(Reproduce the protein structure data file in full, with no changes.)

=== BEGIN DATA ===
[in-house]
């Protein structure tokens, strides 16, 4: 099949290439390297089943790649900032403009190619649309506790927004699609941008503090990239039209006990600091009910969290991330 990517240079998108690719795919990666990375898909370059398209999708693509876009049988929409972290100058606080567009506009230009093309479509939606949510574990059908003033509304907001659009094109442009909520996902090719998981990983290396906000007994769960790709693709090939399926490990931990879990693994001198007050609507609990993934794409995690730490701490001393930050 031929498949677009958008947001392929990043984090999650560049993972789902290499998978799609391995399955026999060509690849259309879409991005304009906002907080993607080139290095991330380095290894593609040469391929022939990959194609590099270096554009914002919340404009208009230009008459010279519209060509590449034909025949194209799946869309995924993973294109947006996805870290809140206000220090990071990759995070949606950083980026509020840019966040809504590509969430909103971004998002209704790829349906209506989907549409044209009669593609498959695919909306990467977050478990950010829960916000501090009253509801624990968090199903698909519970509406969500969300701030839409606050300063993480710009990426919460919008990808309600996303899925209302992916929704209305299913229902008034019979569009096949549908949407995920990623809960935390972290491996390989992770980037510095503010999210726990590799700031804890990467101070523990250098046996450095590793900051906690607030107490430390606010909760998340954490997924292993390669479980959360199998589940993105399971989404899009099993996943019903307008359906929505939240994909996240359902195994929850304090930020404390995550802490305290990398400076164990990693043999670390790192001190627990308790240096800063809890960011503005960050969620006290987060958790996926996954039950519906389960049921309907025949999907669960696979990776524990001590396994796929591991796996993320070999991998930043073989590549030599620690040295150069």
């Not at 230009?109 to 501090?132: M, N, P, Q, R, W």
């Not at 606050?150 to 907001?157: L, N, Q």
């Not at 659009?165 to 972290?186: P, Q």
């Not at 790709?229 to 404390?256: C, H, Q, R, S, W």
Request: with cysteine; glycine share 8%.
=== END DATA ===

[in-house]
């Protein structure tokens, strides 16, 4: 099949290439390297089943790649900032403009190619649309506790927004699609941008503090990239039209006990600091009910969290991330 990517240079998108690719795919990666990375898909370059398209999708693509876009049988929409972290100058606080567009506009230009093309479509939606949510574990059908003033509304907001659009094109442009909520996902090719998981990983290396906000007994769960790709693709090939399926490990931990879990693994001198007050609507609990993934794409995690730490701490001393930050 031929498949677009958008947001392929990043984090999650560049993972789902290499998978799609391995399955026999060509690849259309879409991005304009906002907080993607080139290095991330380095290894593609040469391929022939990959194609590099270096554009914002919340404009208009230009008459010279519209060509590449034909025949194209799946869309995924993973294109947006996805870290809140206000220090990071990759995070949606950083980026509020840019966040809504590509969430909103971004998002209704790829349906209506989907549409044209009669593609498959695919909306990467977050478990950010829960916000501090009253509801624990968090199903698909519970509406969500969300701030839409606050300063993480710009990426919460919008990808309600996303899925209302992916929704209305299913229902008034019979569009096949549908949407995920990623809960935390972290491996390989992770980037510095503010999210726990590799700031804890990467101070523990250098046996450095590793900051906690607030107490430390606010909760998340954490997924292993390669479980959360199998589940993105399971989404899009099993996943019903307008359906929505939240994909996240359902195994929850304090930020404390995550802490305290990398400076164990990693043999670390790192001190627990308790240096800063809890960011503005960050969620006290987060958790996926996954039950519906389960049921309907025949999907669960696979990776524990001590396994796929591991796996993320070999991998930043073989590549030599620690040295150069």
């Not at 230009?109 to 501090?132: M, N, P, Q, R, W």
């Not at 606050?150 to 907001?157: L, N, Q």
């Not at 659009?165 to 972290?186: P, Q």
């Not at 790709?229 to 404390?256: C, H, Q, R, S, W």
Request: with cysteine; glycine share 8%.